Tropic Thunder

I am choosing to write this paper on the movie Tropic Thunder, directed by Ben Stiller, starring Jack Black, Brandon T. Jackson and Robert Downey Jr. This dark comedy may be one of the worst movies ever made but I am a guy and most guys are drawn to movies that are riddled with stupid humor. The first time I watched this movie I was completely entertained, and did not consider the deeper message behind its flawed characters. However, when considering the themes proposed by this assignment, I realized that this ridiculous movie did in fact have deeper, relevant meaning.

In summary, this picture takes place in Southeast Asia, where a cast and crew of successful Hollywood stars set out to make a movie about the Vietnam War. Unbeknown to the actors, the film’s director, who was extremely unhappy with the movie’s progress, plants the actors into and actual Vietnam war zone. The stars continue to act out their scenes completely unaware that they are in the mists of genuine drug lords and real gunfire. Upon assessment of the movie’s characters, it becomes clear that the all three main actors are suffering from some type of identity crisis.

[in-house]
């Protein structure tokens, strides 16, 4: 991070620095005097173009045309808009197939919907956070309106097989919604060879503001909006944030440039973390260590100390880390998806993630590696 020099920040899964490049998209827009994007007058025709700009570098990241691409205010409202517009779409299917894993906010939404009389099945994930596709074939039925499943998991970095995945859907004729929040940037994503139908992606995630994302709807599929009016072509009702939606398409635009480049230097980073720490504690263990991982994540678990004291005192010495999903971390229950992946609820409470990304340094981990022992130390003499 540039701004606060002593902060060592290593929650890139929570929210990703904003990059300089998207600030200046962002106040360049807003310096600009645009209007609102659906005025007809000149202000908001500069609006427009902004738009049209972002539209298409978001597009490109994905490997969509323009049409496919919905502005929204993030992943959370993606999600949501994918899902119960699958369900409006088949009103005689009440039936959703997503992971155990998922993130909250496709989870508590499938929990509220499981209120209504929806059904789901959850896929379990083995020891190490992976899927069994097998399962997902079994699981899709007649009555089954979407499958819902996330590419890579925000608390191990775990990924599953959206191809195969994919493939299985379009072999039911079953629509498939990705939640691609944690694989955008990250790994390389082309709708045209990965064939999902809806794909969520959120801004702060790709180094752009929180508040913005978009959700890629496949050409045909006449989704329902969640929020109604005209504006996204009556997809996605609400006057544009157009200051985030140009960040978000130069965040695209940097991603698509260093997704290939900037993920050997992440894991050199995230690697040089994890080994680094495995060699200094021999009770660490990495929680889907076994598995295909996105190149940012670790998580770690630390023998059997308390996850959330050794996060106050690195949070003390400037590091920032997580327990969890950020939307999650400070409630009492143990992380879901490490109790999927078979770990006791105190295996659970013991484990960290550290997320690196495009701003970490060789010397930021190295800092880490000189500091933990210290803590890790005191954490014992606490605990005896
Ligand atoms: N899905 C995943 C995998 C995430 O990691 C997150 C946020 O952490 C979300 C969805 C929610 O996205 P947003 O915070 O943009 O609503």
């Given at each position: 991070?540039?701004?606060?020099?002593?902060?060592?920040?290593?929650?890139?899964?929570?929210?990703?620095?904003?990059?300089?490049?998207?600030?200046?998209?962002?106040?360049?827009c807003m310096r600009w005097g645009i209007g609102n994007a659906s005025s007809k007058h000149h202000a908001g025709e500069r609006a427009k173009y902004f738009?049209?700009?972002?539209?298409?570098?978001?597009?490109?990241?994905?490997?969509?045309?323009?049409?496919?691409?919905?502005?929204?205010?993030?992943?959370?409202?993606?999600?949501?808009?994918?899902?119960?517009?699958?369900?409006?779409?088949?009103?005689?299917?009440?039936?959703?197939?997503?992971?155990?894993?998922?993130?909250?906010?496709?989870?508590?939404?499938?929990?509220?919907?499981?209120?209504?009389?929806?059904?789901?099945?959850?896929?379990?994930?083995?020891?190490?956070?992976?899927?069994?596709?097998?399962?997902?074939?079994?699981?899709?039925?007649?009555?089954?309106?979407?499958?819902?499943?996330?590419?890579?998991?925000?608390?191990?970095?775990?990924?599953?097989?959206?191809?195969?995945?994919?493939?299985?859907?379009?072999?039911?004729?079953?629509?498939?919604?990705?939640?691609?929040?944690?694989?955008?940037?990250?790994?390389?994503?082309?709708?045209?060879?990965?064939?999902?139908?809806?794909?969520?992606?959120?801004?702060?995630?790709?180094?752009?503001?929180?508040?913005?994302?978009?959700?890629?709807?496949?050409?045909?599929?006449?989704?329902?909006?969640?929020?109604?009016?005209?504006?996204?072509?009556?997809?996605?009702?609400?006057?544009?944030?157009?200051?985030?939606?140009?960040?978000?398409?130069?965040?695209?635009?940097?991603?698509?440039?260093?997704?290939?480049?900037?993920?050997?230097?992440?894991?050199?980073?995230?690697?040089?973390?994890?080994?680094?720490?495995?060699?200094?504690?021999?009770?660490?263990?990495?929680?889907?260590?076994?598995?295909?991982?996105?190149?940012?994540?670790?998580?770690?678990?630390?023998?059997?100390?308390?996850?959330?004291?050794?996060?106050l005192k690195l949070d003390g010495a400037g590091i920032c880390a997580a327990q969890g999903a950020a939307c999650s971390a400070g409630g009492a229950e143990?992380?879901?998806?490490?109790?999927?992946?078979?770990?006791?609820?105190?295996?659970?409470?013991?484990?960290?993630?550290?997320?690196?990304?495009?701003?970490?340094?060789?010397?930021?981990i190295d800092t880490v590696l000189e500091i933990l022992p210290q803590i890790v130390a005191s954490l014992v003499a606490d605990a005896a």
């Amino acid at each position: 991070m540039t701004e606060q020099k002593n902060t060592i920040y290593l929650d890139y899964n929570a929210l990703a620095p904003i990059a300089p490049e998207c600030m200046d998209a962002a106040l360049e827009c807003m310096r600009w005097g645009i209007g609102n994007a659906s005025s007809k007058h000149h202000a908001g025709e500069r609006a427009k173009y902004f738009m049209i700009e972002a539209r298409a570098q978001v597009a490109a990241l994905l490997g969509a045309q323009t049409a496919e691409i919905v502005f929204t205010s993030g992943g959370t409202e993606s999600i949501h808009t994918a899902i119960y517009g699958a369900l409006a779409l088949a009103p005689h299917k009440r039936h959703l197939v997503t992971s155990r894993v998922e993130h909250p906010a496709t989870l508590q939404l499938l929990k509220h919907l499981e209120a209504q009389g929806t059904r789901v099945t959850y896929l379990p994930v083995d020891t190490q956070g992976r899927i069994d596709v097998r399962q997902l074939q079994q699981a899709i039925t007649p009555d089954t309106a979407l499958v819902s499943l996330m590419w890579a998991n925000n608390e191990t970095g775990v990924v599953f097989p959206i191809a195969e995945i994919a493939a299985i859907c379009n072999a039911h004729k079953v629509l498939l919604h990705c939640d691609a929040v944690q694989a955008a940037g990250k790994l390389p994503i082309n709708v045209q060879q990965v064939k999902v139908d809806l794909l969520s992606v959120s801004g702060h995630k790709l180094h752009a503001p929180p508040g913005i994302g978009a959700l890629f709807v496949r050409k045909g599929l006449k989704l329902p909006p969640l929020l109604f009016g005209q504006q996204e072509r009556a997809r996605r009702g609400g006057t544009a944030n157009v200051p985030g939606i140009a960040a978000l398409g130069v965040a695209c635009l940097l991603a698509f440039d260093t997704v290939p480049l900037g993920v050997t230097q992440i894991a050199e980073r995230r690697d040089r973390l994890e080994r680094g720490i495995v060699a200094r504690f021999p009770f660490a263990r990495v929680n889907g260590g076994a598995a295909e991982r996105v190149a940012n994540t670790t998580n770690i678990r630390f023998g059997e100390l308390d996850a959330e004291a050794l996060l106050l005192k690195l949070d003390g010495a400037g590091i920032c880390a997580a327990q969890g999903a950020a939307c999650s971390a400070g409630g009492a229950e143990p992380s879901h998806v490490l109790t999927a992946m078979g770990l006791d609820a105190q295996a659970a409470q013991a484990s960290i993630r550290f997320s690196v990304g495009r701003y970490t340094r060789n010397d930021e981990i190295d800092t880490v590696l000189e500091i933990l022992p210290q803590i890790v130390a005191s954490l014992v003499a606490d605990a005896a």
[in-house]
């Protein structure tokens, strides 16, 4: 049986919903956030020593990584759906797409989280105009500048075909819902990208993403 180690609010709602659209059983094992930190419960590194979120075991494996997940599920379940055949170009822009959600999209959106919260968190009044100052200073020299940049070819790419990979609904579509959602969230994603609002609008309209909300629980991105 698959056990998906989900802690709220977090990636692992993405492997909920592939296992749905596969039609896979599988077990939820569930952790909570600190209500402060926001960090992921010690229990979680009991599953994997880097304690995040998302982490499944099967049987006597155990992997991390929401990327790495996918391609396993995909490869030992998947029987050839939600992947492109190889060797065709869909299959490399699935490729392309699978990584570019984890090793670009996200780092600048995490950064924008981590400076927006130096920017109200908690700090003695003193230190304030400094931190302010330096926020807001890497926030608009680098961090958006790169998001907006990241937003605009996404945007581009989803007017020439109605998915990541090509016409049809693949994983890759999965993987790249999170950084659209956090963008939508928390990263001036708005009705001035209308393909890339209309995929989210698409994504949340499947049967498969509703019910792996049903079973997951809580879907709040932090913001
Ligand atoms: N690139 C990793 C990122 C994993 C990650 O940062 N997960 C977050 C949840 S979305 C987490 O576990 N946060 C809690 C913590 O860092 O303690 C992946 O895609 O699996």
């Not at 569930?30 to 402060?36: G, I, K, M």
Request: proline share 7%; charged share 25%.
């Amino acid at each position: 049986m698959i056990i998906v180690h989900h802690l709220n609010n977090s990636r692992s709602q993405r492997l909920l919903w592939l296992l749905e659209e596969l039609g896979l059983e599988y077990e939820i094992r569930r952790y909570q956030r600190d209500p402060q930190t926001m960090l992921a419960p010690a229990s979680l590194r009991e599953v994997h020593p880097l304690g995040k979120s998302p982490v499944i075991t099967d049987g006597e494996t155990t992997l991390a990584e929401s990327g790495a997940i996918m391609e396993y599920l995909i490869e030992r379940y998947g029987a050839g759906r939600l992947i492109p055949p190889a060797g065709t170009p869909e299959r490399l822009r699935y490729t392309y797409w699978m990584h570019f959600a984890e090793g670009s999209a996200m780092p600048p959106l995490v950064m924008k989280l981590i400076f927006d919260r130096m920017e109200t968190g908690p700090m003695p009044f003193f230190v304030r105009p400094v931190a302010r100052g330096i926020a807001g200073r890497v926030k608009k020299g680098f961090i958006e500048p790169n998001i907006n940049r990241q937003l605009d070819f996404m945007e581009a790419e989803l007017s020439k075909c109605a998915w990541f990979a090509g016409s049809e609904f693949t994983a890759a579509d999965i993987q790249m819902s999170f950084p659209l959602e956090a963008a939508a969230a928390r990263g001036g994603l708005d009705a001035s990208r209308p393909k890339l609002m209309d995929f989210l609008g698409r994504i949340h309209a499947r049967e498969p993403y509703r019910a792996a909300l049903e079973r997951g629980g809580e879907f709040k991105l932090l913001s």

Jack Black’s character suffers from a severe drug addiction resulting from believing that he is appreciated solely for his acting abilities regardless his true self. Robert Downey Jr. ‘s identity crisis is manifested in his inability to value himself. His self-loathing motivates him to change his skin color from white to black, so that he can reinvent his persona. Self-identity, or rather a lack of, plays another crucial role in the movie’s actor, Brandon T. Jackson, who portrays a character who struggles with the fact that he is a gay black man.

He is a man depicted as a macho, rap artist who routinely seduces young women. In truth, Brandon’s character is in love with a man named Lance and thus he hates himself for not living a genuine life. I chose the movie Tropic Thunder because it successfully and humorously interpreted the connection between a meager self-identity and its effects on addiction, self-loathing, and homosexuality. Jack Black’s character is a typical addict who finds refuge in tainted “jellybeans” that allow him to escape reality.

In truth, Jack’s character is a lot like that the many young people who today who find relief and refuge in being high. Initially Jack’s character cannot function without his drug and fully believes he is at his best when doped up. But when he is suddenly forced into the jungle, deprived of his stash, he suffers from withdrawal and eventually kicks his addiction. Removing Hollywood fantasy from this scenario, this is what I imagine all addicts hope to experience when they attend rehab. Withdrawal must be hellish but once sober, like Jack’s character, rehab patients have to locate an inner strength.